a very short introduction
Friso van Houdt (vanhoudt-at-fsw.eur.nl)
Sociology as a martial art
Sociology has been famously described by Pierre Bourdieu as a martial art, a means of self-defence. That is, sociology can be used to defend yourself without having the right for unfair attacks. This short piece aims at further clarifying what sociology is, how it can be done and it illustrates my own way of doing sociology.
What is sociology and how to do sociology?
Sociology is derived from socius (Latin for companion) and logos (Greek for study). Sociology is a science that offers authoritative insights into social relations. Thinking sociologically implies thinking relationally, using proper methods and accepting rules of responsible speech while studying questions of social order, social change, social action and social identity. Sociologists gifted with sociological imagination show how individual troubles and -biographies are related to public issues and social processes. Sociology shows that men make their history but under conditions not of their making.
There are, schematically, three ways of doing sociology, all related to underlying interests. First, sociology may imitate the natural sciences by using “exact” and “objective” methods geared towards the uncovering of social laws. The primary interest is prediction and control (sociology as technology of social control). Secondly, sociology as study of symbolic interaction and classification. Here sociology is an interpretation of interpretations aimed at cross-temporal and cross-cultural understanding (sociology as technology of social understanding). Thirdly, doing sociology as a critical science aimed at emancipation (sociology as technology of freedom). This implies studying the present (“how it is”) while relating it to a normative yardstick (“how it should be”). Critical social theory aims at kick-starting social change by showing that the present could have been otherwise (contingency), by formulating alternatives (possibility) and giving means to enhancing individual and collective freedom (capacity).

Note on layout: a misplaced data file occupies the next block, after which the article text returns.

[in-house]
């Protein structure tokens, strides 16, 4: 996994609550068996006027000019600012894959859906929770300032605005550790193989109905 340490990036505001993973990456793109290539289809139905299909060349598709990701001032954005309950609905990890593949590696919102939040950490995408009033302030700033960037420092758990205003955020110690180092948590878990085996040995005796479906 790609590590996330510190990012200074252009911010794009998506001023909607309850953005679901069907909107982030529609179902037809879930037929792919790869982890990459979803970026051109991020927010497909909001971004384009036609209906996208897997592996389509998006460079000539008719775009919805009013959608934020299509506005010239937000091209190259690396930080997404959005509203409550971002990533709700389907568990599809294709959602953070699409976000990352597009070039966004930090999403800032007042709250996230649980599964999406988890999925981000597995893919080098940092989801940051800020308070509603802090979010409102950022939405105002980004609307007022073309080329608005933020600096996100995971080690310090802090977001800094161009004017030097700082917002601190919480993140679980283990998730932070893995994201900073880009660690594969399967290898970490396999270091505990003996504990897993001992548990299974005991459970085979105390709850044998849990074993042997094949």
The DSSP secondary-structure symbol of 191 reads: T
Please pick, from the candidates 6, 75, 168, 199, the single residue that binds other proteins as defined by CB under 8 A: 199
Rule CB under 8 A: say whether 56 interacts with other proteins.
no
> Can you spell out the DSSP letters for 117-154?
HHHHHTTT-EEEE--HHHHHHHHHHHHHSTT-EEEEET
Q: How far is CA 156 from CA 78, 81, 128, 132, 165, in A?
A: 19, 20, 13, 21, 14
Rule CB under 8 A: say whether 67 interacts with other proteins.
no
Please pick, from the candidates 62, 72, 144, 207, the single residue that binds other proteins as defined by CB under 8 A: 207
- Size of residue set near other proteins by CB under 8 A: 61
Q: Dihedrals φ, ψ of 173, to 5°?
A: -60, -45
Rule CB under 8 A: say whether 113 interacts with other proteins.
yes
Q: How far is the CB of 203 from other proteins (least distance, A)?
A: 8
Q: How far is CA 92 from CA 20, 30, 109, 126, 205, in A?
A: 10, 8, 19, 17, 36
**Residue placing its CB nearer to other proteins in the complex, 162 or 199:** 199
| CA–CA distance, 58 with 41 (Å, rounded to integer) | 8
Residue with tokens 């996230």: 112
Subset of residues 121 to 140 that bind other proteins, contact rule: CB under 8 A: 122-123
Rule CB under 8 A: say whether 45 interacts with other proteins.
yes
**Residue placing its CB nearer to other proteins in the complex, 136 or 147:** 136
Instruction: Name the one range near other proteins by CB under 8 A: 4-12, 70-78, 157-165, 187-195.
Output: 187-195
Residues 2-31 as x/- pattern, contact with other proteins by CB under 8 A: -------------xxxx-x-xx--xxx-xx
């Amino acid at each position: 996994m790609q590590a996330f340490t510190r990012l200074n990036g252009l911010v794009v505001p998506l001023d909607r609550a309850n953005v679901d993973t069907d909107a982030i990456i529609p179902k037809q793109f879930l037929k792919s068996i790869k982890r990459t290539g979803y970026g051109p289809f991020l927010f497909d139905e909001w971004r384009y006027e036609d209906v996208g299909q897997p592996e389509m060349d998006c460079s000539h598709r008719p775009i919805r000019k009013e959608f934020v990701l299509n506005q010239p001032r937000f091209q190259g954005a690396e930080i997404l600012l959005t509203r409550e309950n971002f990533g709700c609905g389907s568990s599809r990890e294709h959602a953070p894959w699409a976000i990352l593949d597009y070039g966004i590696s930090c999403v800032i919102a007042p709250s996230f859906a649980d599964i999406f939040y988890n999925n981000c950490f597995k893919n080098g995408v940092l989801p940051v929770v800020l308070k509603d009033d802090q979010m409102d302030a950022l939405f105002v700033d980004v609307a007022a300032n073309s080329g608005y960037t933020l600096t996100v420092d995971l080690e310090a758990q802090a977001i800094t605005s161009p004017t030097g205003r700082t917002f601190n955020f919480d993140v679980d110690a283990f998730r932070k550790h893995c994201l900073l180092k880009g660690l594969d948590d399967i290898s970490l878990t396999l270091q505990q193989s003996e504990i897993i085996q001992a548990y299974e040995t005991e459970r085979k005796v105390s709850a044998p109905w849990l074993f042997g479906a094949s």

Against sociological zoo-keeping
Some sociologists practice sociology to enhance social prediction and social control. This way sociology becomes a kind of zoo-keeping. In contrast, my specific way of doing sociology aims at a critical understanding of the governing of the human zoo. That is, my primary research questions are: how do we govern ourselves, others and the state in the present? This way sociology leads to better self-understanding (how do I govern myself in daily life for example my health, my work or leisure time) but also an understanding of the governing of others (classified as ‘child’, ‘sick’, ‘sexually deviant’ or ‘criminal’) and the state (for example the transformation of the ‘welfare state’ into ‘participation society’). In addition to understanding, this way of doing sociology also has a critical dimension. Forms of governing are related to forms of truth and modern forms of governing are primarily related to scientific knowledge. My way of doing sociology also implies a reflexive understanding of the social sciences, studying their connections to power structures (such as the state) and the effects of identification (for example the sociological practice of labelling deviants). This way of doing sociology has the critical aim of showing the excesses of power, as well as the limits of our knowledge and reductionism of our identifications. From this perspective I am currently studying the rise and implications of neuro-criminology and brain-crime images produced by brain scanning technology (such as MRI scans used to scan the brains of prisoners).